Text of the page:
Guest Column

Montana’s Comeback Depends on HB 397

The bill will provide a state-based funding resource to help private developers make homes affordable and economical

By Andrea Davis

Montana is facing a housing crisis. 

A lack of affordable housing is keeping working Montanans out of homes and forcing families to pay up to 50% or more of their monthly incomes in rent. Lumber prices and labor shortages make it even tougher for developers to offer affordable homes to working families.

HB 397 will provide a state-based funding resource to help private developers make homes affordable and economical. Both chambers of the 67th Montana Legislature passed House Bill 397, and it is now on the governor’s desk. The only thing standing between more affordable homes and working families is Gov. Greg Gianforte’s signature on HB 397. 

HB 397 creates a state-based, workforce housing tax credit to leverage the federal low-income housing program, a conservative, market-driven approach to increasing affordable housing implemented during the Reagan Administration. 

It provides nonrefundable federal housing tax credits to developers via a competitive bidding process designed and administered by the Montana Board of Housing. Developers get the tax credits, sell them to investors, and use the cash for construction. This enables developers to eliminate or significantly reduce their debt service. Properties then have affordable rents for working families and remain affordable for up to 46 years. 

Since 2016, the Montana Board of Housing has denied over $310 million in federal housing tax credit requests due to lack of funding, half of which were from Montana’s small towns.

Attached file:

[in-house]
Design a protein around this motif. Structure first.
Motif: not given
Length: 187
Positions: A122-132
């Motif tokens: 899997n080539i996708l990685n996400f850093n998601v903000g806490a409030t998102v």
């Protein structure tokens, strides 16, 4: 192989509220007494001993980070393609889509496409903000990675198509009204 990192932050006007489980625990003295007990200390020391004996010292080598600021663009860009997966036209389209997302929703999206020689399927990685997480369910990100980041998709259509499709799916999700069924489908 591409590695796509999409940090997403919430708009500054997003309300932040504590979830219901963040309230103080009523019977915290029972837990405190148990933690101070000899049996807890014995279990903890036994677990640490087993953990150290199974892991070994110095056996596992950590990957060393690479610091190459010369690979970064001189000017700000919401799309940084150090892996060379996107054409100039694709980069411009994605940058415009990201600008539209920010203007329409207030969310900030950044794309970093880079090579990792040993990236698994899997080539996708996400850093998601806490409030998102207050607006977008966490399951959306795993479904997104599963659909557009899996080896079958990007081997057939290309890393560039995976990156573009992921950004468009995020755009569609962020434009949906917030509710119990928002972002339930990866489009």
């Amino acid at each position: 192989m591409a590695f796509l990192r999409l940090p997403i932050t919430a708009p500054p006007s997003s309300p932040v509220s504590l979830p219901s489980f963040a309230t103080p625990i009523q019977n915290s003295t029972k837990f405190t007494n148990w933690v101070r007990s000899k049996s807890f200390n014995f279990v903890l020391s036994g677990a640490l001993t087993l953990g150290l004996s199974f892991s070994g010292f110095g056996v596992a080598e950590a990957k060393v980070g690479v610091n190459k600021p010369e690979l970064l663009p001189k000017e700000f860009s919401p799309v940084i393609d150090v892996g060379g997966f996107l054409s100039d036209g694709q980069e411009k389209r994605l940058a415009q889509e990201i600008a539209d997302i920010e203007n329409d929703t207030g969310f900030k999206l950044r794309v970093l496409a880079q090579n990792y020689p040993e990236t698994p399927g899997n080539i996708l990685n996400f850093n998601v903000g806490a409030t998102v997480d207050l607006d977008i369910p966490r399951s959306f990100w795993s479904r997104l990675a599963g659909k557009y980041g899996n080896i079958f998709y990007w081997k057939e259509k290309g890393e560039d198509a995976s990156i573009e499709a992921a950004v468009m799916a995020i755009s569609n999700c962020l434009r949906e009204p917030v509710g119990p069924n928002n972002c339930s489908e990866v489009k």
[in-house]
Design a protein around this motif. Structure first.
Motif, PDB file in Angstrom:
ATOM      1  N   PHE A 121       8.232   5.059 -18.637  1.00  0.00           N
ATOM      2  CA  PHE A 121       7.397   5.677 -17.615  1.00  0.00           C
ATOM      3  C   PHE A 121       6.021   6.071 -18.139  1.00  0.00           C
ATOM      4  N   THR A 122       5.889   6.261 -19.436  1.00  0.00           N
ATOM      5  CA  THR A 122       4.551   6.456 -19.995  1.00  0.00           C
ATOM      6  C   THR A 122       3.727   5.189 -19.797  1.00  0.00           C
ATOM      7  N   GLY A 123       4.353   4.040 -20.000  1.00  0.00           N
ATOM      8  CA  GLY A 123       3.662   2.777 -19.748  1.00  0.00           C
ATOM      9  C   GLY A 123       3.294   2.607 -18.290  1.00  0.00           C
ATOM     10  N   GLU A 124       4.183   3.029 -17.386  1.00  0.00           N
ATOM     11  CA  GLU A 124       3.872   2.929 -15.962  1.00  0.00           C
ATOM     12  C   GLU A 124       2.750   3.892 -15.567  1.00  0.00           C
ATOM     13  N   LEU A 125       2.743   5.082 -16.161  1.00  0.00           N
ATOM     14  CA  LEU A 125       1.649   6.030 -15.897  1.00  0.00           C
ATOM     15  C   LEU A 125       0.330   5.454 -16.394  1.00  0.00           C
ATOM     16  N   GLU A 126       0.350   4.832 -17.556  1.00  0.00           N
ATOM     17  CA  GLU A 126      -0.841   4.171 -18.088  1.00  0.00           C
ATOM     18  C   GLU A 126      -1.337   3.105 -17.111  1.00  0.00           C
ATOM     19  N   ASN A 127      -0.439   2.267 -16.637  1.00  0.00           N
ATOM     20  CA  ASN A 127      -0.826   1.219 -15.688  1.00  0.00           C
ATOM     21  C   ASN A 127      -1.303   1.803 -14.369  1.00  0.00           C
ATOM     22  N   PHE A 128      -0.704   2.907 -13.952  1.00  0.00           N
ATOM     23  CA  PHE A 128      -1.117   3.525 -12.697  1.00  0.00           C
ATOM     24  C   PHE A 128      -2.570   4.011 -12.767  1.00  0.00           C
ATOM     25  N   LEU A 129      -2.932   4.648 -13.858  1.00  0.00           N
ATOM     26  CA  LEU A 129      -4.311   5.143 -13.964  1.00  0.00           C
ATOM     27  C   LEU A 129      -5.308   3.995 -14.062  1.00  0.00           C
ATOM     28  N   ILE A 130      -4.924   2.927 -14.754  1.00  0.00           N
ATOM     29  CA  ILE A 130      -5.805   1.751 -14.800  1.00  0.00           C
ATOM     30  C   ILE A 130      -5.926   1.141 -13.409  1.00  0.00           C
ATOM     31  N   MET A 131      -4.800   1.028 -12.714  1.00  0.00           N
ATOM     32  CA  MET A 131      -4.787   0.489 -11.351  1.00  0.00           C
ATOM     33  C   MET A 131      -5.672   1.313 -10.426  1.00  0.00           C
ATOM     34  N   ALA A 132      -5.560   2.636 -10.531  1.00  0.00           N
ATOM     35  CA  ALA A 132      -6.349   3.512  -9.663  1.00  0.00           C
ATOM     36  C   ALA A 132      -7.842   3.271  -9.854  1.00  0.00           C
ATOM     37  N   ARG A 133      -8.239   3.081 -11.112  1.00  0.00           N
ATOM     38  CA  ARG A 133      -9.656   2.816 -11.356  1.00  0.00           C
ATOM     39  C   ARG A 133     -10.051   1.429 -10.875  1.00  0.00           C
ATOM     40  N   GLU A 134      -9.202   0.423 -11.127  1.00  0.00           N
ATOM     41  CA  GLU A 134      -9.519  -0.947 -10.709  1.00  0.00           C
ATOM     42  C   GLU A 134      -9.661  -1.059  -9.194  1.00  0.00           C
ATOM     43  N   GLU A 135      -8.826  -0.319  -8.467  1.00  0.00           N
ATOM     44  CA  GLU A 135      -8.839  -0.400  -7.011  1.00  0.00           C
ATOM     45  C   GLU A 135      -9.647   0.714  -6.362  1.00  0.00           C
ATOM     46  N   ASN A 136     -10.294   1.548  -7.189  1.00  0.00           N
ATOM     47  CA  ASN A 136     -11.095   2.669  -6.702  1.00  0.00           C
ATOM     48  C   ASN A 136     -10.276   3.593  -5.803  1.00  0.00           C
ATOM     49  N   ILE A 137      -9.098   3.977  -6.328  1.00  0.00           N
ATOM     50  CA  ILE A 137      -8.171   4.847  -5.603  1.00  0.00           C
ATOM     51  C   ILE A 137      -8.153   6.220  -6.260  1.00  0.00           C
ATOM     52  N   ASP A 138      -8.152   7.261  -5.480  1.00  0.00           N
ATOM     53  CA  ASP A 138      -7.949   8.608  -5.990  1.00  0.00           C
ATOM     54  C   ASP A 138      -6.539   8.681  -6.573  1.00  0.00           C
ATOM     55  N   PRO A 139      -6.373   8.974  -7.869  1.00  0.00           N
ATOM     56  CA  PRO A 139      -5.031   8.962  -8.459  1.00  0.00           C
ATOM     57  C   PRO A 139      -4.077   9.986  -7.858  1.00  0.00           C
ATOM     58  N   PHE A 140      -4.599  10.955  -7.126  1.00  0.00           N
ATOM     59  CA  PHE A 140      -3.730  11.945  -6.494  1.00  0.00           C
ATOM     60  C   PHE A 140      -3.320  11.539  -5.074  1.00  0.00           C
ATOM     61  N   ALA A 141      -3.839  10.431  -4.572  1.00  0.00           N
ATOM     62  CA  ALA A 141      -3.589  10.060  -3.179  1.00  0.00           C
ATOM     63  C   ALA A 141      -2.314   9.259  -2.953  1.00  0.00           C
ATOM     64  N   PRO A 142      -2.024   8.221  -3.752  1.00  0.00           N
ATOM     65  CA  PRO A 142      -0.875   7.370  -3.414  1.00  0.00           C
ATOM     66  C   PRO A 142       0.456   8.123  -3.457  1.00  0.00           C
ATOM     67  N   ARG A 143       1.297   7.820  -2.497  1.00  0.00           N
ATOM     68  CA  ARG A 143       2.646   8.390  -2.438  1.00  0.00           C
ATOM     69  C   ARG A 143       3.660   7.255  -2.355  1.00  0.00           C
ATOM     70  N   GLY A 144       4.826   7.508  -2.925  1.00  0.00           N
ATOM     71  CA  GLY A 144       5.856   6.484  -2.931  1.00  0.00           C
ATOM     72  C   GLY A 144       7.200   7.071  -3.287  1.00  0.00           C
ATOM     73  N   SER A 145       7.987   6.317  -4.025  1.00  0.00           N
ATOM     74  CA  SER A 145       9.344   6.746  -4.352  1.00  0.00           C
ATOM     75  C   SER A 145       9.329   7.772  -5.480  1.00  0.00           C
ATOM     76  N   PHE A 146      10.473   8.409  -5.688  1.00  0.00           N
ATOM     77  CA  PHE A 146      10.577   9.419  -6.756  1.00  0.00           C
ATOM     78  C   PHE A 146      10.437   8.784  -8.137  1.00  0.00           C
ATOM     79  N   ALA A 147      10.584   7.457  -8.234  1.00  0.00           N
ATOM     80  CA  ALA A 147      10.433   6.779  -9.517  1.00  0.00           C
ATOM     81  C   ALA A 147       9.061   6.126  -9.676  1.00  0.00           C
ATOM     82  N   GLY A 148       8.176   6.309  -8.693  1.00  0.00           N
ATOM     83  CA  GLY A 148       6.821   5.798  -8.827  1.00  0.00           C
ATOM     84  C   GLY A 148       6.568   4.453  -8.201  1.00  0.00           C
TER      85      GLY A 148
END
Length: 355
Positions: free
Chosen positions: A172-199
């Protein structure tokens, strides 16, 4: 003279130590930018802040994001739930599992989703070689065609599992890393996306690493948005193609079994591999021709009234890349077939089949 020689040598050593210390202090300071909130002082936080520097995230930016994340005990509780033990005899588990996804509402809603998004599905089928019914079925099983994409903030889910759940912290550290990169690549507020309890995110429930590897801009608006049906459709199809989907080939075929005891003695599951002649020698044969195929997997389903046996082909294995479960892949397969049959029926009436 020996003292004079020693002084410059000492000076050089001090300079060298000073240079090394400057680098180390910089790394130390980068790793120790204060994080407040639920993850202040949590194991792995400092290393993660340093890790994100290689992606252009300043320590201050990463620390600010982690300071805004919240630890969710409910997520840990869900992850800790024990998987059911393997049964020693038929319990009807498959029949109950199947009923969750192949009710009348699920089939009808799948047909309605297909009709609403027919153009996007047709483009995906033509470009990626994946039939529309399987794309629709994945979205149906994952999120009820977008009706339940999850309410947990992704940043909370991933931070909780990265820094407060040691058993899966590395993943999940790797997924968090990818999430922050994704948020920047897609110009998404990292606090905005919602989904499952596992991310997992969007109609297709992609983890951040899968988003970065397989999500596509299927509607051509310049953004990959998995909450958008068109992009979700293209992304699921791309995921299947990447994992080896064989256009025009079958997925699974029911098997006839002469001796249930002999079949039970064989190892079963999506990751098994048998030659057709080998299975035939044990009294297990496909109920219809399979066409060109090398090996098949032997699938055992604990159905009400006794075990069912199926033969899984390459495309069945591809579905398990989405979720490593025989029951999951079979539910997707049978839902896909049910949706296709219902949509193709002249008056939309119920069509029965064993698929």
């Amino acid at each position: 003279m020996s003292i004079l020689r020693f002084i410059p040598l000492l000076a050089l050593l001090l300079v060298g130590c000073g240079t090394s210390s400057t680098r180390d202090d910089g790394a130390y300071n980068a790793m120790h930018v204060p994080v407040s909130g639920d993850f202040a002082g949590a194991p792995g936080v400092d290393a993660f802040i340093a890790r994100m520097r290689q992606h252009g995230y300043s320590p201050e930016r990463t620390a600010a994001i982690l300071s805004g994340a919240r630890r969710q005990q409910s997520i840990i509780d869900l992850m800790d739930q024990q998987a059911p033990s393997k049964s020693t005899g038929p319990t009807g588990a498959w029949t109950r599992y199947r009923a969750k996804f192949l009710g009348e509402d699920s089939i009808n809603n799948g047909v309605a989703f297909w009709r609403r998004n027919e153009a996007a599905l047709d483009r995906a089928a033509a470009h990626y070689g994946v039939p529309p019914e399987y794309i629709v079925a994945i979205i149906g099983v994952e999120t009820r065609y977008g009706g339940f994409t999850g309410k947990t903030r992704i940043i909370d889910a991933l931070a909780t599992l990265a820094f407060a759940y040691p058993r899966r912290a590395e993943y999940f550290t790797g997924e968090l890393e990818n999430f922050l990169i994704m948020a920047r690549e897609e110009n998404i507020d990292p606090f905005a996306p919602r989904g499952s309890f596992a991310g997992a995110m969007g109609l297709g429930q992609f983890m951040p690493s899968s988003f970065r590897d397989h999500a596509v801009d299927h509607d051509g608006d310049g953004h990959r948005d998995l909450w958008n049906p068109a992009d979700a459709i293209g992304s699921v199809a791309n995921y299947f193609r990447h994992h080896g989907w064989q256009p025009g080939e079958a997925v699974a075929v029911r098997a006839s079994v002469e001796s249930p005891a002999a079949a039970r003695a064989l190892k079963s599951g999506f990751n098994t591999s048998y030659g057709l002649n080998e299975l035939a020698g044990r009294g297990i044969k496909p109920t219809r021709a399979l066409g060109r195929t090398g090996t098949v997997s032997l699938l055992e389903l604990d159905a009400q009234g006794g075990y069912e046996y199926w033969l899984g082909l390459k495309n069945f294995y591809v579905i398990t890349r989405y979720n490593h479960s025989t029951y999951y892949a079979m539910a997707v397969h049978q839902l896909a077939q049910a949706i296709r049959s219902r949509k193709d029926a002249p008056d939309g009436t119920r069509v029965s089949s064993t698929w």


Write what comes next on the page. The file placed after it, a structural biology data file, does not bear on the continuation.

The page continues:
Montana missed the opportunity to build 2,000 new affordable apartments and create 4,000 construction jobs with over $186 million in wages.  

This year, there are 14 applications (six from small towns) for the federal tax credits totaling $81 million in construction. Unfortunately, only $29 million in federal tax credits will be awarded, which is only enough to fund 115 to 130 apartments. 

HB 397, a state tax credit, would allow more of these projects — or 30 to 60 more apartments — to be planned this year alone. If signed into law, the state tax credit will double the number of apartments with construction starting in 2022. 

HB 397 could mobilize enough private capital to produce 18,000 homes and apartments and generate over $828 million in economic activity over ten years. 

Montana’s continued economic recovery relies on a strong workforce. A strong workforce relies on homes that workers can afford to rent. HB 397 is based on a very successful federal program with a decades-long proven track record. 

The Montana Housing Coalition, Montana Chamber of Commerce, Montana Building Industry Association, Montana Association of Realtors, and Montana League of Cities and Towns all recognized the importance and merit of this legislation and supported HB 397 through the Legislature. Please contact Gov. Gianforte and urge him to sign HB 397 so Montana has homes our workforce can afford. 

Andrea Davis is vice chair of the Montana Housing Coalition.

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